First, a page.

One of the desired criteria in the frequency synthesizer system is the fast settling time, which measures the ability of the communication system to perform channels scanning within the allowed acquisition period. Knowing that the loop bandwidth of the frequency synthesizer is inversely related to the settling time, it is therefore recommended to design the system to have a wide loop bandwidth. On the other hand, to minimize spurious emissions generated at the output of the phase detector, it is recommended to select the loop bandwidth to be a tenth of the reference frequency signals Fref. Another disadvantage of the limited loop bandwidth is that it results in high close-in phase noise at the output.
Due to its role in the frequency selection of a frequency synthesizer, a frequency divider has received major attention from researchers in the field. Main types of frequency divider include integer frequency divider and fractional frequency divider.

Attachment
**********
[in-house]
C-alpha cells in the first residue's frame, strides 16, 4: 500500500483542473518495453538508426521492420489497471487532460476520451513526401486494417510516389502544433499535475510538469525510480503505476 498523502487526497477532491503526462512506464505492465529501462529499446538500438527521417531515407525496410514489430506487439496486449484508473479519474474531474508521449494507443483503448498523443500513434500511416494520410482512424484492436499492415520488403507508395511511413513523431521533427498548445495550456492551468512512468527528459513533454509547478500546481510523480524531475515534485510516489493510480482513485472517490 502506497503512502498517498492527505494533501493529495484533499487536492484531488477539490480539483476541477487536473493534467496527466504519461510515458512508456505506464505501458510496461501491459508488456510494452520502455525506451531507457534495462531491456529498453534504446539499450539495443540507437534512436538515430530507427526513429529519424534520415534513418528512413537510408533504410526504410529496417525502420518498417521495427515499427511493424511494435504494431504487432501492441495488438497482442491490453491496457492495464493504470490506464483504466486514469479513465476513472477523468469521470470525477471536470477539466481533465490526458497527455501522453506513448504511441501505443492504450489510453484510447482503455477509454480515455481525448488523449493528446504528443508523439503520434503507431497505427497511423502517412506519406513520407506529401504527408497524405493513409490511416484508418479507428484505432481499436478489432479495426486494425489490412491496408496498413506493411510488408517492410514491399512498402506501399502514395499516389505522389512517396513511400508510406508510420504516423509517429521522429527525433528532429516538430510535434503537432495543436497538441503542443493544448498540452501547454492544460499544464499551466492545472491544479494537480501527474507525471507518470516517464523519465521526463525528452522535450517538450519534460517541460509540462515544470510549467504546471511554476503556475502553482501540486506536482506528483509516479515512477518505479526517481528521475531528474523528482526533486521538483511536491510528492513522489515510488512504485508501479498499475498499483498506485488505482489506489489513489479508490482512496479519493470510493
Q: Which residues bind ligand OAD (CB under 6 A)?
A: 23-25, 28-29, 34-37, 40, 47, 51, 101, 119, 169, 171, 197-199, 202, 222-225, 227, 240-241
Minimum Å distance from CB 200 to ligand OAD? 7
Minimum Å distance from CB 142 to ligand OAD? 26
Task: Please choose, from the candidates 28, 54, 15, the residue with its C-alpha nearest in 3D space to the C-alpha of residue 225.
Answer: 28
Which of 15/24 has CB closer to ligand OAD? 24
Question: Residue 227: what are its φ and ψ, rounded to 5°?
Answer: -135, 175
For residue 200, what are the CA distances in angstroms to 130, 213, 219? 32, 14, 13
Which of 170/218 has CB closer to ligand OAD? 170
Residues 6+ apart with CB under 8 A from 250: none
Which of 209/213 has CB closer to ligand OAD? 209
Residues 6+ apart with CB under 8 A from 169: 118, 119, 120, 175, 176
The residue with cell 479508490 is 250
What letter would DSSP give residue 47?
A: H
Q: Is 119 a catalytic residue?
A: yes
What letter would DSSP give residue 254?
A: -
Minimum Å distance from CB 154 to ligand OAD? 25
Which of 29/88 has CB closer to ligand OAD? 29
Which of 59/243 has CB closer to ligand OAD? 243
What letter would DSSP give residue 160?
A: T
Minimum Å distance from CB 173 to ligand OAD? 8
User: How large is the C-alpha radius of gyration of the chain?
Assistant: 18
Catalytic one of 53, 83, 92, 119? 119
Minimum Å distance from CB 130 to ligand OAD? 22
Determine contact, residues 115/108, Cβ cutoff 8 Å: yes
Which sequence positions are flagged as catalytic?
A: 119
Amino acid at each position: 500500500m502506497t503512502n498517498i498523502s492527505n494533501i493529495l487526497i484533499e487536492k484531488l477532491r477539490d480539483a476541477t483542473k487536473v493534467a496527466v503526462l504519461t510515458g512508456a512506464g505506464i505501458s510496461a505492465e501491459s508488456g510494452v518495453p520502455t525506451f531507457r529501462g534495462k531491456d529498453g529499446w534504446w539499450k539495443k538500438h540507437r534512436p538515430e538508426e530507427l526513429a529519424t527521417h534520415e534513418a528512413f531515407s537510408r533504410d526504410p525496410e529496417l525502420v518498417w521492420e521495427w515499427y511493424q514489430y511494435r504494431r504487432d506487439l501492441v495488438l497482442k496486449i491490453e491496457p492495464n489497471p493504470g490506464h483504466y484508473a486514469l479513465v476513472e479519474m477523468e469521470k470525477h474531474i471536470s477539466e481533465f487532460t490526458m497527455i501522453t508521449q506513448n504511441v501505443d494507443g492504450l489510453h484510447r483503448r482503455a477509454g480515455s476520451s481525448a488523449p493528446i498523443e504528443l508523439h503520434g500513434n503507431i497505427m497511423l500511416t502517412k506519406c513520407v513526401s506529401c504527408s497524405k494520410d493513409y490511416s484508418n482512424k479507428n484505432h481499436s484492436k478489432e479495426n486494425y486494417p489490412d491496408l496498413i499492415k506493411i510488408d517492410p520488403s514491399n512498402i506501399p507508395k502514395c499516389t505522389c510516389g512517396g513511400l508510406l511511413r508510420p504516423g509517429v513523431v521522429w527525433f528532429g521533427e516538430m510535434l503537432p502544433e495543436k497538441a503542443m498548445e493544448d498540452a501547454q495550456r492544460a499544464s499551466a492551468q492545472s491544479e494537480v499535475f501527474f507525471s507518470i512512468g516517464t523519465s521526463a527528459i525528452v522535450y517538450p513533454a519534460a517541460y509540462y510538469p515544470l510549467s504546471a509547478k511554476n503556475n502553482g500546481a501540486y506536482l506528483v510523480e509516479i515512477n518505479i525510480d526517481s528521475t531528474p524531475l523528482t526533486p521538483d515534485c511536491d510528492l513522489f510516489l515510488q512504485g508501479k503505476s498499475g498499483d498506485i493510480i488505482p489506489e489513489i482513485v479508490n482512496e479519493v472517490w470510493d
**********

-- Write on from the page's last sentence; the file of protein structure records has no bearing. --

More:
In the former case, the input frequency and output frequency relation is given by Fout=MFref. M has integer values that are used to control the output frequency. In communication systems, M controls transmitting and receiving frequency channels. Therefore, Fref is constrained to be equal to the channel spacing to allow for channel selection through M, which imposes a limitation on the loop bandwidth of the PLL. Thus a long settling time is one of the main drawbacks of the PLL based integer frequency divider.
Although different frequency divider structures can be used to realize the M divider, typically, a Pulse Swallow divider is widely used. By simple analysis, it can be shown that M and Fout are given by:
f out =PNf ref +Sf ref.